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I have now kind of cleaned up the painting by doing a little bit of hand work using the same brush that we auto- painted with to get rid of some of the edge corruption, or whatever you want to call it, that happened along the edges. And we're now ready to do any restoration we want, and this presents a couple of interesting things. The fact that I happen to use the brush John's Impasto Oil that has Impasto layer associated with it, means that we'll see here in a second, when I start to do some restoration, it's going to restore whatever the original imagery is, but in this case, the Impasto layer is going to be enabled, and on, and I'll show you what that means.
Let's go ahead and go to the Restoration palette, and basically what this does is it gives me a cloning brush that is going to bring through the imagery associated with the source document, which is that image that we applied some color saturation too, and I also used the Smart Blur to simplify it a bit. So, let's take this. I'm going to turn it up a bit, and we'll select the Soft Edge Cloner, and I'm going to go to one of these detail areas we know is here, somewhere I think right here, we have where the elements with the needles are still in place to some degree.
It depends on how much Smart Blur simplified that area, but I'm going to go ahead and paint in this and it doesn't seem like much is happening. Now there we're seeing some more detail. Let me turn off Impasto, and now you're seeing this is the painting minus any Impasto that we applied to it with the Impasto enabled brush. So, when I paint without Impasto on, you can see how direct it's actually bringing that through, but when we enable Impasto, we're getting the character of the brush strokes as part of the Impasto layer, but we're now letting the original imagery come through underneath that Impasto layer. Which is actually kind of neat here, because we are restoring areas of the image.
But the character of the brush strokes is still somewhat retained because of that Impasto layer. And as a result, I can bring through some detail in here and assuming there is Impasto details still available above it in that layer, I can bring through -- it's not truly photographic anymore because we've simplified it, but you can see, there's more detail now even in this area than there was previously. And if I'm going to do any of this at all, I'm probably going to restrict it kind of to this central bit of cactus in the foreground.
As it goes farther back, it's not as much of a center of interest as the near elements of the cactus. So you really have a choice here; you know, how much do you want to bring back? If it's a portrait, for example, if you're doing something with a face, I can tell you from experience that Auto- Paint just isn't going to render a face in a painterly manner that you're probably going to like. And so, what I will very often do is use the Restoration brush to just sort of feather up some of the detail of the face, so that looks like you want it to look, because in particular portraiture, you're going to want the person's face to be the most clear image element in that entire painting.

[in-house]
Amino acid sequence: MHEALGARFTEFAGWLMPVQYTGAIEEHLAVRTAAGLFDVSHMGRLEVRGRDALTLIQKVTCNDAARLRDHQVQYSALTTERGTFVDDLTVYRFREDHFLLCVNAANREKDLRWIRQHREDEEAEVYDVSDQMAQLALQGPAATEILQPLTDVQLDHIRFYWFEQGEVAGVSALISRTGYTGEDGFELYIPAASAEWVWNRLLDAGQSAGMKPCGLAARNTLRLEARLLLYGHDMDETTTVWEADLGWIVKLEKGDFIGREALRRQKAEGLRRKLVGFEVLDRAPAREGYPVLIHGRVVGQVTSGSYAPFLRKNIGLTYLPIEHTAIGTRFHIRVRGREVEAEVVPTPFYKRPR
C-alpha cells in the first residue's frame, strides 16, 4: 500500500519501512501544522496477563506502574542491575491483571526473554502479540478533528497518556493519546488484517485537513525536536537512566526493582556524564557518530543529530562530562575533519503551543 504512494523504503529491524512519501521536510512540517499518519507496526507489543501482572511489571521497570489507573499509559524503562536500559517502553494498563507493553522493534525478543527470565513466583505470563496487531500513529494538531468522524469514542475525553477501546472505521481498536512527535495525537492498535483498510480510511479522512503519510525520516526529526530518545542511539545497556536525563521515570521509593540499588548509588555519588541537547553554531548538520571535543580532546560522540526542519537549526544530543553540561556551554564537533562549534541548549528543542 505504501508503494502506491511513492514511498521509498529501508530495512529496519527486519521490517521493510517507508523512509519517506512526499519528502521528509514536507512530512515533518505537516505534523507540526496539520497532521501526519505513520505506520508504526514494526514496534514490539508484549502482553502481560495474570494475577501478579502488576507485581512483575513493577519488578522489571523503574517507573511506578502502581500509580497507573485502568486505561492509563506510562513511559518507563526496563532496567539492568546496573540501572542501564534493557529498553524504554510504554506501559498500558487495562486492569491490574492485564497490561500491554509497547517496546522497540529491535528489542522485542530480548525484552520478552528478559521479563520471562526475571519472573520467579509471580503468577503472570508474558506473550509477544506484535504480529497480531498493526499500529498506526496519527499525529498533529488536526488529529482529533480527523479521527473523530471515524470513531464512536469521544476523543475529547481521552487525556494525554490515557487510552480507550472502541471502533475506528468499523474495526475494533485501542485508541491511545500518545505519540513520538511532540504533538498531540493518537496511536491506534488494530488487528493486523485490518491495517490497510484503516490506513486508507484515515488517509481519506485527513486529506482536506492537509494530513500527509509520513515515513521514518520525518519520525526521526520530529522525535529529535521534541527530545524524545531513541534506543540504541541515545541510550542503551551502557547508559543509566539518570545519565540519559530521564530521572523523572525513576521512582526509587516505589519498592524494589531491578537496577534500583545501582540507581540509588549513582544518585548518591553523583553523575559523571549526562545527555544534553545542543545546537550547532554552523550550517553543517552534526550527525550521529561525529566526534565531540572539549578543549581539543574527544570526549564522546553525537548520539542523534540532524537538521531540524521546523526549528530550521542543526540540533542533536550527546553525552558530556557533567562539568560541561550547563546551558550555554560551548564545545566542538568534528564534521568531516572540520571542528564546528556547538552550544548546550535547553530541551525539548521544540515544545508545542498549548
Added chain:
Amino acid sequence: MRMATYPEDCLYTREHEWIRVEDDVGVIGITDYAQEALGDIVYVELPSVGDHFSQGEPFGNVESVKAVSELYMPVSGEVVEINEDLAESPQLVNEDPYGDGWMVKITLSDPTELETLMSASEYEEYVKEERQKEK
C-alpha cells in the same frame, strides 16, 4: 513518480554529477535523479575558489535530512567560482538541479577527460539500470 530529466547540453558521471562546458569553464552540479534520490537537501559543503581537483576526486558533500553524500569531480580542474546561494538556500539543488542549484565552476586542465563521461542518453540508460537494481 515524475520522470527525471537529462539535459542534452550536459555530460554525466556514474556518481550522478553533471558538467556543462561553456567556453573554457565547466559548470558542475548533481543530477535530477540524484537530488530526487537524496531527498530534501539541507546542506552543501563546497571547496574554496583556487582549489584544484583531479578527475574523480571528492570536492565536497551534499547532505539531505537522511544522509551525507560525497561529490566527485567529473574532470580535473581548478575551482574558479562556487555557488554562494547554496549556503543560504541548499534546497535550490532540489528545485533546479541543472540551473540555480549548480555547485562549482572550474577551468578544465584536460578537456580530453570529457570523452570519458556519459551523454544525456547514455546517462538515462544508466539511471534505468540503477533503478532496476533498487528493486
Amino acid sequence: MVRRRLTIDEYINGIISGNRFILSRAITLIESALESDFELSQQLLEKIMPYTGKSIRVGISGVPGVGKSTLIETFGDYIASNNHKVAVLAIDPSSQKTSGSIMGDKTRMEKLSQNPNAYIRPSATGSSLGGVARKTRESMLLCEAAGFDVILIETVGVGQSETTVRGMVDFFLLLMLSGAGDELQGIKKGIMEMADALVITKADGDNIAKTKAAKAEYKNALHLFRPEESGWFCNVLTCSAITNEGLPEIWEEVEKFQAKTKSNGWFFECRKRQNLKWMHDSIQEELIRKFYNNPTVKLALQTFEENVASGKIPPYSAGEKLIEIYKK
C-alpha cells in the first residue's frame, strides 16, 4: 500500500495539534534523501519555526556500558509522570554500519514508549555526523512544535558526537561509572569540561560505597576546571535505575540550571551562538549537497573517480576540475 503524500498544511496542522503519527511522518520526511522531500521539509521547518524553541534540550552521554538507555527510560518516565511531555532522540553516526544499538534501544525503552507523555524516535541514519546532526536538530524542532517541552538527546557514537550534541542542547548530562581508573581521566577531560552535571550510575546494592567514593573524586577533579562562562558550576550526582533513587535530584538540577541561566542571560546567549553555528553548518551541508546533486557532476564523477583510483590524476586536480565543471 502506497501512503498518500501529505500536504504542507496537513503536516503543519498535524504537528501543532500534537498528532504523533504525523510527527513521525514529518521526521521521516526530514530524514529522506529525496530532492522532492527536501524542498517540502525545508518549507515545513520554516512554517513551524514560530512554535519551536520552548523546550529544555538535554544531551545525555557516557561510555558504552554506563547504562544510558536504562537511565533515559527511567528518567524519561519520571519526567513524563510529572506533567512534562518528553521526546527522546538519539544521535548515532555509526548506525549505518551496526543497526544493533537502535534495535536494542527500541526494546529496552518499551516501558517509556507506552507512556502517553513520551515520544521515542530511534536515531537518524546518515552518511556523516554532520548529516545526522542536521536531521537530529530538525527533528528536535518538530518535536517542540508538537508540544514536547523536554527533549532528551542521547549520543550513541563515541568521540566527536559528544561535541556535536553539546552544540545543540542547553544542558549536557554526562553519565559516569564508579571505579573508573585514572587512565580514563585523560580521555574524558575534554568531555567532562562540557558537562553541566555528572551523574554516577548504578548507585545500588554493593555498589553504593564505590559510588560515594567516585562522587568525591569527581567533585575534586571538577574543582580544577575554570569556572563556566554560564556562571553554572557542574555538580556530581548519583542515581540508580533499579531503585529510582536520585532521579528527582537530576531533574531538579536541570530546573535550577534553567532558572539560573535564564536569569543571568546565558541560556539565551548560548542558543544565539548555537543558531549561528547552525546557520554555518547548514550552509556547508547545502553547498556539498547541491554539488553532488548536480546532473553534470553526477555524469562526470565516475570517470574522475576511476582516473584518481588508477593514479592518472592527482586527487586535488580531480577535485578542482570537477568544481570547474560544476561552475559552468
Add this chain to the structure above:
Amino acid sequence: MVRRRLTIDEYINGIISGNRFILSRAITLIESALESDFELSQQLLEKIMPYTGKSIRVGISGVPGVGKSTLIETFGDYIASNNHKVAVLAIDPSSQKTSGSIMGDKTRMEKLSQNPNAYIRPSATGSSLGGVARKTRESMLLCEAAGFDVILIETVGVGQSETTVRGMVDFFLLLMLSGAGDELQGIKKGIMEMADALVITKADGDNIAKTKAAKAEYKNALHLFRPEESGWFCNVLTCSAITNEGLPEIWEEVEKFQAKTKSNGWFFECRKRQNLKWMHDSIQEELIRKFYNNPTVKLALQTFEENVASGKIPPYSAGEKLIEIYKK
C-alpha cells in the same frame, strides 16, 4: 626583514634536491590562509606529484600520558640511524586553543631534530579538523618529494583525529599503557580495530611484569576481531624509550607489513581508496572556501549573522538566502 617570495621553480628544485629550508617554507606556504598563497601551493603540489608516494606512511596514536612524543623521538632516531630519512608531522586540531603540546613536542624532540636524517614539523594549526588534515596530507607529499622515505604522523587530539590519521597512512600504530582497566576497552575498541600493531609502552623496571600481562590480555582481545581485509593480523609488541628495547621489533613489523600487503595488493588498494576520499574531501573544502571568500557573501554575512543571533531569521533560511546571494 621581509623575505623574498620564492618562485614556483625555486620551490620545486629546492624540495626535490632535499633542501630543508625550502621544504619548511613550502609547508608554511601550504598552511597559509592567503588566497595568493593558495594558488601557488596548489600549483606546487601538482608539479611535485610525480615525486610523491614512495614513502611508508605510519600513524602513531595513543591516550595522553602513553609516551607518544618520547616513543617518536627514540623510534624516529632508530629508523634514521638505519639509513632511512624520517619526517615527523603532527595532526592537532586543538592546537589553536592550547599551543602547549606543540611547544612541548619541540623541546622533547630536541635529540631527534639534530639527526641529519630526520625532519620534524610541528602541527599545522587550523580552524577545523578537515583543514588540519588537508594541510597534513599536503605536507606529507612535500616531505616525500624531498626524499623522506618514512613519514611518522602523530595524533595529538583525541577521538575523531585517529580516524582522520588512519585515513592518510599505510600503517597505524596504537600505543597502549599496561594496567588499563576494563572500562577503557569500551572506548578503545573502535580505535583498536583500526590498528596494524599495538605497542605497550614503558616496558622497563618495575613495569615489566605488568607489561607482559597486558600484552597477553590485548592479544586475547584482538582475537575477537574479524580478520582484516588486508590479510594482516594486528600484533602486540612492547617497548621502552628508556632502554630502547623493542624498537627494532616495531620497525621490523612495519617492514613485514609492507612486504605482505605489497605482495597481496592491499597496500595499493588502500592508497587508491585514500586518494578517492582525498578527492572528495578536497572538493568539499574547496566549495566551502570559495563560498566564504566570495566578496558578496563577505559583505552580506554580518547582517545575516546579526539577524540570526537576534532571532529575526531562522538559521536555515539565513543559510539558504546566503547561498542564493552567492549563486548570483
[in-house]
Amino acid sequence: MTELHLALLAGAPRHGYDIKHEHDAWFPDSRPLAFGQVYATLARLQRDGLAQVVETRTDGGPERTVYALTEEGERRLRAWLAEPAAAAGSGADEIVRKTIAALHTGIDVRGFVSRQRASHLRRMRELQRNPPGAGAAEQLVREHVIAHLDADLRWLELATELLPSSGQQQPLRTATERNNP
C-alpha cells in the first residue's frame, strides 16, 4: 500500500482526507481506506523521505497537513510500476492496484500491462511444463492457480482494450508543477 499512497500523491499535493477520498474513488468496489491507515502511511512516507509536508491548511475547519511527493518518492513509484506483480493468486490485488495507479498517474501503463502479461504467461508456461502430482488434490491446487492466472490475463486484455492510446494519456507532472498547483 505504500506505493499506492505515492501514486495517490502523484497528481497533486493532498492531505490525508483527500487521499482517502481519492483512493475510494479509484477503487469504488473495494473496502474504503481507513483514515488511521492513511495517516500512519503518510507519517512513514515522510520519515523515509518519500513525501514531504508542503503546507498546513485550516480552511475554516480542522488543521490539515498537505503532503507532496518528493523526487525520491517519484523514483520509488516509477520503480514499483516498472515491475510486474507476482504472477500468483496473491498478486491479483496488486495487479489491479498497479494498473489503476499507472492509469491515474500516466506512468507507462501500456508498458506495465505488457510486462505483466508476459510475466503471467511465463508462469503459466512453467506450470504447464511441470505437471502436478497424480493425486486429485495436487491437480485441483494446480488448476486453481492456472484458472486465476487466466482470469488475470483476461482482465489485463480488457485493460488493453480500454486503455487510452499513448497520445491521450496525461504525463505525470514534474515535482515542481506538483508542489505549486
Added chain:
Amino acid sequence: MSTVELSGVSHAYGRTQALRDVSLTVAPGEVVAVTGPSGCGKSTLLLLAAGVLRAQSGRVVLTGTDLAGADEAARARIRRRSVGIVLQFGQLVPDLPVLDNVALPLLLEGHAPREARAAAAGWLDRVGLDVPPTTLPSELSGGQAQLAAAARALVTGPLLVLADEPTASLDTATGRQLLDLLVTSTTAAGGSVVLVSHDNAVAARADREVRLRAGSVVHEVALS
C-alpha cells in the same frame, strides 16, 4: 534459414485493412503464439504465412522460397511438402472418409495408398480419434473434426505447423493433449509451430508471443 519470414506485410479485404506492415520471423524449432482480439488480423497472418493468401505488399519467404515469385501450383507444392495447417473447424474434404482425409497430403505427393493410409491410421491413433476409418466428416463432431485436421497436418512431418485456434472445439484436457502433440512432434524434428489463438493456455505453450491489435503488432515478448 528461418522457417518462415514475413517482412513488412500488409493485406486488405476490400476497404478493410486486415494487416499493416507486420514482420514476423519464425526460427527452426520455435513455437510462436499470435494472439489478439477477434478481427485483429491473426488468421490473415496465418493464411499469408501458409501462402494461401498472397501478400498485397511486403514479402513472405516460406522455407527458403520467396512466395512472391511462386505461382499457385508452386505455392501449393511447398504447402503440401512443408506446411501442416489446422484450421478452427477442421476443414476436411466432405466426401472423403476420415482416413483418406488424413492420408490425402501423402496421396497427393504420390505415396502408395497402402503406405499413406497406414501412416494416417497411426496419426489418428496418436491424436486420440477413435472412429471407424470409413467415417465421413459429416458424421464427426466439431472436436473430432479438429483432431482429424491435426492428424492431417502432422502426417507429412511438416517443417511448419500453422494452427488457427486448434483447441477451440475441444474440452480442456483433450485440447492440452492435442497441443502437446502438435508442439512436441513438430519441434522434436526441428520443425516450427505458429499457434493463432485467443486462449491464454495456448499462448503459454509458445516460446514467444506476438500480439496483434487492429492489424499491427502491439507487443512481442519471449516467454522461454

When we go back, you really lose a lot of what the detail is doing because the display is sort of corrupt, so it doesn't do the greatest job showing all this at a reduced scale. But you can see now there's just a bit more detail in those areas. And so, the Restoration brush is a great way in particularly, and this is just kind of happened accidentally when I use the brush that happened to have Impasto associated with it. It has this extra benefit of you're bringing through the original imagery, but you are also allowing the stroked Impasto data to still remain, and so it's a nice hybrid between the simplified imagery in the source document, as well as the auto-painted imagery that was done with an Impasto brush.
Now, the last thing I want to tell you is if you're finished with an image like this and you want to take it somewhere like Photoshop, because the Impasto layer in this case, and this applies to any imagery that you've done with Impasto, if that layer is there and you save it as a Photoshop file, because the Impasto layer is a Painter specific layer, that data will be lost and what you would end up then would be a version of the image that looks like this. There's no Impasto data on there at this point.
And so, you have to have some technique for, how do I keep the Impasto data even though it's going somewhere else? The only way to do that in Painter is to make a clone of it. So, if I go in here and just say Clone, okay I've just cloned that image. If we go up here, that is now a flat image, it no longer has a Impasto layer, it's just been flattened into the image. If I go ahead and save this now, and I'll save it into the exercise files so you can look at the finished file, you'll be able to see that even if you're not in Painter, even if you save it as a JPEG, for example, to put on the web, you'll be able to still retain the look of Impasto even though you no longer have an Impasto layer, because now by making a clone, we've literally flattened the image and embedded that Impasto layer into the image, so that it's now just a single flat image that happens to have the Impasto effect on it.
So, this basically concludes looking at auto-painting. There's no time really to be able to show you all the different brushes that are in the set that I'm including here, but I can tell you that it's very much the experimental thing and I encourage you to try the same image and just select different brushes and let the process run through, and you'll be surprised how many different finished results you can get based on the brush that you've selected to apply to your source document.
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